• Use the TRANLOGOPTIONS parameter with the EXCLUDETAG option in the Extract parameter file. The logmining server associated with that Extract excludes redo that is tagged with the SETTAG value.

    The following shows how SETTAG can be set in the Replicat parameter file:

    DBOPTIONS SETTAG 0935
    

    The following shows how EXCLUDETAG can be set in the Extract parameter file:

    TRANLOGOPTIONS EXCLUDETAG 0935
    

    If you are excluding multiple tags, each must have a separate TRANLOGOPTIONS EXCLUDETAG statement specified.

You can also use the transaction name or userid of the Replicat user to identify Replicat transactions. You can choose which of these to ignore when you configure Extract. See Section 9.3.1.1.

For more information, see Reference for Oracle GoldenGate for Windows and UNIX.

9.3.2.4 SQL Server

Identify the Replicat transaction name by using the following parameter statement in the Extract parameter file.

TRANLOGOPTIONS EXCLUDETRANS transaction_name

This parameter statement is only required if the Replicat transaction name is set to something other than the default of ggs_repl.

9.3.2.5 Sybase

Do any of the following:

  • Identify a Replicat transaction name by using the following parameter statement in the Extract parameter file.

    TRANLOGOPTIONS EXCLUDETRANS transaction name
    
  • Identify the Replicat user name by using the following parameter statement in the Extract parameter file.

    TRANLOGOPTIONS EXCLUDEUSER user name
    

    EXCLUDEUSER marks all transactions generated by this user as Replicat transactions. The user name is included in the transaction record that is read by Extract.

  • Do nothing and allow Replicat to use the default transaction name of ggs_repl.

9.3.2.6 Teradata

You do not need to identify Replicat transactions that are applied to a Teradata database.

9.3.3 Replicating DDL in a Bi-directional Configuration

Additional consideration must be taken when replicating DDL, currently supported for Oracle and Teradata. For more information, see the following:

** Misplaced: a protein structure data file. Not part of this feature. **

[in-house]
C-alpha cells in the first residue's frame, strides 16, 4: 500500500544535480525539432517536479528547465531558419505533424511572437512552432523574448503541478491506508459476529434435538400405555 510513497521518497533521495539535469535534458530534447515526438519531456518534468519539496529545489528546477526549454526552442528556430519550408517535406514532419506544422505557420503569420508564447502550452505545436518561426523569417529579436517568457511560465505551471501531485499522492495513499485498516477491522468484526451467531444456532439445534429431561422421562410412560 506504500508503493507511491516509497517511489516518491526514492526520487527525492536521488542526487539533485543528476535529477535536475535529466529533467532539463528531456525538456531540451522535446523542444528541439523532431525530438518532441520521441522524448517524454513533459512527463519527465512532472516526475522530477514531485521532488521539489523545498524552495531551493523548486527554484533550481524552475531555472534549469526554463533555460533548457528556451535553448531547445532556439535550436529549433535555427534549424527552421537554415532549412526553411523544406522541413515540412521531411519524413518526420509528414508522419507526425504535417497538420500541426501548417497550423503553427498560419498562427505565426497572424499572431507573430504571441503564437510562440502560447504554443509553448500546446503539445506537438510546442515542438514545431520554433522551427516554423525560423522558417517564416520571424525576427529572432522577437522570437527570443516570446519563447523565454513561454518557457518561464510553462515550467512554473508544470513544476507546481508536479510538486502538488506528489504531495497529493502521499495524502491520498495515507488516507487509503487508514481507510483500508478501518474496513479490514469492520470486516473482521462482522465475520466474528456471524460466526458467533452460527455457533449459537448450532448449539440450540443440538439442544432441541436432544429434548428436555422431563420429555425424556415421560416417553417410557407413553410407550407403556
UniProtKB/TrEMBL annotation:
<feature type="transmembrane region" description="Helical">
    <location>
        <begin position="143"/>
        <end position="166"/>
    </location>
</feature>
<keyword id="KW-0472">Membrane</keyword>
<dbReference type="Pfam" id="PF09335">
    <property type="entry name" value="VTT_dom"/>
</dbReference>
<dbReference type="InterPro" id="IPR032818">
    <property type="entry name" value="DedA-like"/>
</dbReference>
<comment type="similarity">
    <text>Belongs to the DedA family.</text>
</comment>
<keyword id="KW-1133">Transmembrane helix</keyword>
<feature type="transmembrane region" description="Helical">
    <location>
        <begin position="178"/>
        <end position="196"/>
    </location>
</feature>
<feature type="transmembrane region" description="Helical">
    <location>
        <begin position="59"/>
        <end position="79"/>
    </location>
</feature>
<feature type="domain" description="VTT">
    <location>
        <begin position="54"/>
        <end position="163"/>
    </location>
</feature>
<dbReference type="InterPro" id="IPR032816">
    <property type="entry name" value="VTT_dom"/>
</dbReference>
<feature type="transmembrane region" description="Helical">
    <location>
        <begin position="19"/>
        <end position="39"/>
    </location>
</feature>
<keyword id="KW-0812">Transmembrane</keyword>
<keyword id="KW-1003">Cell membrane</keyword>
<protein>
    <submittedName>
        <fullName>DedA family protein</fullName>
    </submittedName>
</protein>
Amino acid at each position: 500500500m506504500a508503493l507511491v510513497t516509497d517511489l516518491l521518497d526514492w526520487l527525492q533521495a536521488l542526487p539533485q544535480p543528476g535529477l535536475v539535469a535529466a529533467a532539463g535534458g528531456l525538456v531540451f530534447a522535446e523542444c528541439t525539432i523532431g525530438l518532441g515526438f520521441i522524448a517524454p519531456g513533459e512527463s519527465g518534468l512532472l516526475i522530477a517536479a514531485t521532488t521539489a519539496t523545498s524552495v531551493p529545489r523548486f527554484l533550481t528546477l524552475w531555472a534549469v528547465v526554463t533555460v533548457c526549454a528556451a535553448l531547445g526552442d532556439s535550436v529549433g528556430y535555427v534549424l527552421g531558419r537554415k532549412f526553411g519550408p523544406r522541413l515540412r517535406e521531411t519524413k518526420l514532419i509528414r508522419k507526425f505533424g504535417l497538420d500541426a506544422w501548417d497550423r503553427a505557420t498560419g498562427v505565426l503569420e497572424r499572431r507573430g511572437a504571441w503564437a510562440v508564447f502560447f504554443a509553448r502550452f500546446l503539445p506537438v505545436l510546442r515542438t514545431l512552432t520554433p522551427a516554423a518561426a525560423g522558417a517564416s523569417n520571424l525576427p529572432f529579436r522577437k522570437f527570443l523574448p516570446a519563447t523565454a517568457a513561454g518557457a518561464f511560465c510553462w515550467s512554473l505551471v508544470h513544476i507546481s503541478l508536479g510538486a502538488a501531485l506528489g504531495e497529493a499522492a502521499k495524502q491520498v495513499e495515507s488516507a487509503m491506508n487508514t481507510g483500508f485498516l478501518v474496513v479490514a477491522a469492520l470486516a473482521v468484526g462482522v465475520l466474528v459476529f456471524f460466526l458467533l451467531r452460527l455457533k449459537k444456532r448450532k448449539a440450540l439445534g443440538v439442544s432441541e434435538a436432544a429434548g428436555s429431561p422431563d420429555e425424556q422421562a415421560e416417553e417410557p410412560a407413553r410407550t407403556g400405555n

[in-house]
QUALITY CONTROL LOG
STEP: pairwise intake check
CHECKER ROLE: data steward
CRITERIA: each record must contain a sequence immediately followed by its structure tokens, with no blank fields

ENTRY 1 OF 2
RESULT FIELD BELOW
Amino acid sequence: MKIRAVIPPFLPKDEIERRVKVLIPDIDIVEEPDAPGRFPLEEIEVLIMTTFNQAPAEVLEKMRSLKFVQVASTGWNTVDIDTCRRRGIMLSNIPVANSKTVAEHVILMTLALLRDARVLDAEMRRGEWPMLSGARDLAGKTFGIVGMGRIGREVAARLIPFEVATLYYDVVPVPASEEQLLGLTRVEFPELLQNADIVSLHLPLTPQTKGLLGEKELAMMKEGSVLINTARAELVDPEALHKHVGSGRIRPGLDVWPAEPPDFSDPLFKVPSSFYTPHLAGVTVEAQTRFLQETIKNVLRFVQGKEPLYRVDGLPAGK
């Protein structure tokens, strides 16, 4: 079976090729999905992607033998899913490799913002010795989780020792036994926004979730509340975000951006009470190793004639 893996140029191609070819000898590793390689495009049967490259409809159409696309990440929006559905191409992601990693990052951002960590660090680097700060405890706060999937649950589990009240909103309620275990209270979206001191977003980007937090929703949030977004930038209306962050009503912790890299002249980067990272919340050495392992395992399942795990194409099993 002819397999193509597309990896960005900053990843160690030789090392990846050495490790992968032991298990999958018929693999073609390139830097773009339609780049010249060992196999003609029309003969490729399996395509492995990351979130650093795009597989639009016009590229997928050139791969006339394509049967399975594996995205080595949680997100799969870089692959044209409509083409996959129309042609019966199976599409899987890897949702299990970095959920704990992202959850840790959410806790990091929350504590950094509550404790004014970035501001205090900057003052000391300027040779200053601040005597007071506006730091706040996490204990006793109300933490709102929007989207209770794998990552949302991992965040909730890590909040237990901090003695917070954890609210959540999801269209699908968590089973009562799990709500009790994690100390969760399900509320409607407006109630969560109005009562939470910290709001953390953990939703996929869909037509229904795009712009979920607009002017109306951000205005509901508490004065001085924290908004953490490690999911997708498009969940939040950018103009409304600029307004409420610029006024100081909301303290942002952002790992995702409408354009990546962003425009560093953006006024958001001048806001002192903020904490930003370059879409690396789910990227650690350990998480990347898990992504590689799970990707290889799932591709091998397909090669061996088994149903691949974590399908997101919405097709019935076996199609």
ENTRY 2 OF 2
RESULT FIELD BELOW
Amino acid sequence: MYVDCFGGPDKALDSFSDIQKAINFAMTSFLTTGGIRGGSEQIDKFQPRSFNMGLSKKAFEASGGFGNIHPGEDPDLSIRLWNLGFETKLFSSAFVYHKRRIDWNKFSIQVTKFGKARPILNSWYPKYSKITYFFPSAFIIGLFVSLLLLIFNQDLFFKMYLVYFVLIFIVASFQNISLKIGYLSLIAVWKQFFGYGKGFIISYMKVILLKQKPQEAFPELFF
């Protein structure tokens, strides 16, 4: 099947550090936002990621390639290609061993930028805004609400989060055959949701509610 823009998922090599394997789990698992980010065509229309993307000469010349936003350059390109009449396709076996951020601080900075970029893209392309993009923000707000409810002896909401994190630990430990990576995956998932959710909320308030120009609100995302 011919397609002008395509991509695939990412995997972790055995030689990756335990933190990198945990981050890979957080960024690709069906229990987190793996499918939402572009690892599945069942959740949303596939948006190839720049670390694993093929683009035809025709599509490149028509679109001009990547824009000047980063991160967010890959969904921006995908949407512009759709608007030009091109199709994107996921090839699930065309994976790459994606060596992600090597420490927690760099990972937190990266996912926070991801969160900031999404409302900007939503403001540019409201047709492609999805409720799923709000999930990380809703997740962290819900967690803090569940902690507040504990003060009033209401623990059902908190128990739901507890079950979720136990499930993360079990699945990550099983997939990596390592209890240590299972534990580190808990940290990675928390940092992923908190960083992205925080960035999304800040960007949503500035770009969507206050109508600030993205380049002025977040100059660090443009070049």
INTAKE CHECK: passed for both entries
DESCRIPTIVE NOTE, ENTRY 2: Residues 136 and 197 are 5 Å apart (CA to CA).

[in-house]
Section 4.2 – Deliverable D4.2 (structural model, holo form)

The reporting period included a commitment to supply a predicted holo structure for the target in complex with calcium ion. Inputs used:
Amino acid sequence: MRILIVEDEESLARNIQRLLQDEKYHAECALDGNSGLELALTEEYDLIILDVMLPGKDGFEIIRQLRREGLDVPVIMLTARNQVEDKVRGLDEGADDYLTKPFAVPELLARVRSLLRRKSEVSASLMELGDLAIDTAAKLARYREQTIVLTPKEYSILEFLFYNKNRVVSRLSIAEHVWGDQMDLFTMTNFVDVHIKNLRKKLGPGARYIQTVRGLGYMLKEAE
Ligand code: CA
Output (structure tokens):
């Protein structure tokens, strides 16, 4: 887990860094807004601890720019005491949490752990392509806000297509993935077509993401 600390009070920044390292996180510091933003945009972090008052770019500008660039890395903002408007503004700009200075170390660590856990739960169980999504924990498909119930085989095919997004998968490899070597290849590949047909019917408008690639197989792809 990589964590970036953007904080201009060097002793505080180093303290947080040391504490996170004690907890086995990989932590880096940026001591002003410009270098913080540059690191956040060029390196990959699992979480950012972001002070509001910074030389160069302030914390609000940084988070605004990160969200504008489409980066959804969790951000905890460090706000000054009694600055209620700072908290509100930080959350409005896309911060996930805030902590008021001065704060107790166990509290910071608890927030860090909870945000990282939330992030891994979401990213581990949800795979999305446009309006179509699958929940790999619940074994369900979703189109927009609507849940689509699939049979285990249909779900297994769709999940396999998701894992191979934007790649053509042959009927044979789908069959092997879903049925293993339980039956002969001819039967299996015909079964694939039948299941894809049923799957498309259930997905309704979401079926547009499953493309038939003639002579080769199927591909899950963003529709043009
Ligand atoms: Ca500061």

9.4 Managing Conflicts

Uniform conflict-resolution procedures must be in place on all systems in an active-active configuration. Conflicts should be identified immediately and handled with as much automation as possible; however, different business applications will present their own unique set of requirements in this area.

Because Oracle GoldenGate is an asynchronous solution, conflicts can occur when modifications are made to identical sets of data on separate systems at (or almost at) the same time. Conflicts occur when the timing of simultaneous changes results in one of these out-of-sync conditions:

  • A uniqueness conflict occurs when Replicat applies an insert or update operation that violates a uniqueness integrity constraint, such as a PRIMARY KEY or UNIQUE constraint. An example of this conflict type is when two transactions originate from two different databases, and each one inserts a row into a table with the same primary key value.

  • An update conflict occurs when Replicat applies an update that conflicts with another update to the same row. Update conflicts happen when two transactions that originate from different databases update the same row at nearly the same time. Replicat detects an update conflict when there is a difference between the old values (the before values) that are stored in the trail record and the current values of the same row in the target database.

  • A delete conflict occurs when two transactions originate at different databases, and one deletes a row while the other updates or deletes the same row. In this case, the row does not exist to be either updated or deleted. Replicat cannot find the row because the primary key does not exist.

For example, UserA on DatabaseA updates a row, and UserB on DatabaseB updates the same row. If UserB's transaction occurs before UserA's transaction is synchronized to DatabaseB, there will be a conflict on the replicated transaction.